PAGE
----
We are amused when people trumpet hardline positions such as “I hate cats,” (fine, don’t get one), “Star Wars is better than Star Trek,” (don’t watch it) or “Rhianna is better than Beyoncé”–(hey, wait a minute!) We are also amused when politicians have to walk back tough stances. So imagine our glee at the President of Iceland’s remarks “that he’d ban putting pineapple on pizza if only he had the power to make laws” only to have to walk it back a few days later after an outcry on social media (is there any other kind of cry on social media?). On his Facebook page, the President recanted: “I like pineapples, just not on pizza. I do not have the power to make laws which forbid people to put pineapples on their pizza. I am glad that I do not hold such power.” While we ponder whether this was actually a clever Icelandic attack on the U.S. political situation, we bring you China in all its connectedness, India in all its solar power and the world in all its better, improved ways. It’s this week’s International Need to Know, putting our pineapples wherever we darn well please (but not on pizza) while bringing you the world in all its strange and wondrous ways.
Without further ado, here’s what you need to know.
All the Pieces Matter in China>
We present three bits of data and news from China that are actually connected in one way or another. As the great (greatest?) TV show, The Wire, used to say, all the pieces matter. First, is a perhaps weak piece of data but interesting nonetheless. Three economics professors walk into a bar and create an Economic Uncertainty Index for China (more next week on their global uncertainty work). It’s based on the frequency of articles about policy-related economic uncertainty in the South China Morning Post (SCMP). As you see below, the index leaped up the last few months, apparently because of a certain loud U.S. president and a rise in worldwide protectionism talk that could damper China’s export economy. But, fortunately China is trying to transform to a domestic consumption driven economy. Yes, but the Shanghai Daily reports that “China’s expenditure on fast moving consumer goods in 2016 grew 2.9 percent, marking the slowest growth in the last decade and also a further slowdown from a 3.5 percent growth a year ago.” Finally we reported earlier this year that Chinese are trying to get their money outside of the country and using Bitcoin as one avenue, but that the Chinese government was trying to curtail this. We noted that is easier said than done. Sure enough, Quartz reports that peer-to-peer marketplaces are picking up the slack, particularly LocalBitcoins: “Yuan volumes on the marketplace have exploded in the past week. Trading on LocalBitcoins currently accounts for about 6% of the total trading volume in yuan, according to data source Crypto Compare. China is complicated. Not even McNulty and Bunk could crack it.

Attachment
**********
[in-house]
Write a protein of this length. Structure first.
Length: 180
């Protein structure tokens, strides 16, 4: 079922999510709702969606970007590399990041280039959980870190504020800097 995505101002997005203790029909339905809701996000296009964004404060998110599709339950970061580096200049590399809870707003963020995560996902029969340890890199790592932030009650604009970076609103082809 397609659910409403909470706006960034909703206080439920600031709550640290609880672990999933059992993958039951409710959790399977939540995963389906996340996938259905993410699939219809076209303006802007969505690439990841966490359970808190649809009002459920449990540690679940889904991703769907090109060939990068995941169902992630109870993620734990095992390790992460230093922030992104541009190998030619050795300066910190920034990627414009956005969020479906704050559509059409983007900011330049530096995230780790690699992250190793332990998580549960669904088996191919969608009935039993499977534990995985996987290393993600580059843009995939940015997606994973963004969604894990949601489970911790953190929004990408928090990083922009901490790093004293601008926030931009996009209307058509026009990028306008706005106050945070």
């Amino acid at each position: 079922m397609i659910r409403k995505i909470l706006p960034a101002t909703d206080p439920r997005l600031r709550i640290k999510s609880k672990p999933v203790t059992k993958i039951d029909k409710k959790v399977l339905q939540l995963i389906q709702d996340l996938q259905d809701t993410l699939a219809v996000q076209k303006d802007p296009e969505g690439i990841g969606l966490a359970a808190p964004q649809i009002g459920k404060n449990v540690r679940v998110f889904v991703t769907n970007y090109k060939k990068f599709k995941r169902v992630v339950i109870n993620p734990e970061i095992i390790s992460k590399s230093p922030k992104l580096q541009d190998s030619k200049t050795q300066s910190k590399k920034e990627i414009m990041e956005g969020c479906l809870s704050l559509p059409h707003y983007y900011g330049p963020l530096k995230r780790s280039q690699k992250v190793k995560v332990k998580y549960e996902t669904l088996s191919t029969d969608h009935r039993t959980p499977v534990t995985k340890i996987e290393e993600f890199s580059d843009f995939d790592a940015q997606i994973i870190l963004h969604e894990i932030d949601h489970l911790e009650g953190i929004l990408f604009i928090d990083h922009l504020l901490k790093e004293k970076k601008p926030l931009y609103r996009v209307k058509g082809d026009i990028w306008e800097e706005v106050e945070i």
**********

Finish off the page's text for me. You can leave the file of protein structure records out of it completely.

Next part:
Solar Continues to Stalk the World
We told you of the continued advances of solar in China last month but don’t forget about India. The second largest country in the world is now the third-largest solar generator. Yes, India is now behind only China and the U.S. for solar generation. And it aims to generate much more in the future with a goal of 100 GW by 2022. Transforming to solar generation is important because India now has some of the most polluted cities in the world, more polluted than China’s. More solar generation is possible because of the continued fall in prices and increase in efficiency of solar power. Rooftop solar system costs, for example, have fallen 12% per year since at least 2012. Of course, it’s not just clean energy that India needs since 400 million people in India have no electricity at all. But, India has a “Power for All” program that aims to provide electricity to everyone in the country by 2019. That’s an ambitious target and we’ll be surprised if it’s met. But we aren’t surprised that solar is playing a larger role and India’s solar advances provide more evidence that regardless of changes in U.S. energy and climate change policies, Moore’s Law of solar will prevail.
The Continuing Case for Good Times
In our continuing effort to remind you that despite the dark clouds forming, despite the loud clamoring of doom and gloom, we live in the most peaceful and prosperous time in history, we point you to the graph below. It shows the rapid decrease in the number of deaths worldwide of children under five years of age. In 1990, 12.1 million children under the age of five died around the world. In 2015, less than half that number of young children died, 5.8 million. As financial advisors like to say, past performance is no guarantee of future results but it’s important to recognize we have been in a boom time for humans. Let’s hope it was not a bubble.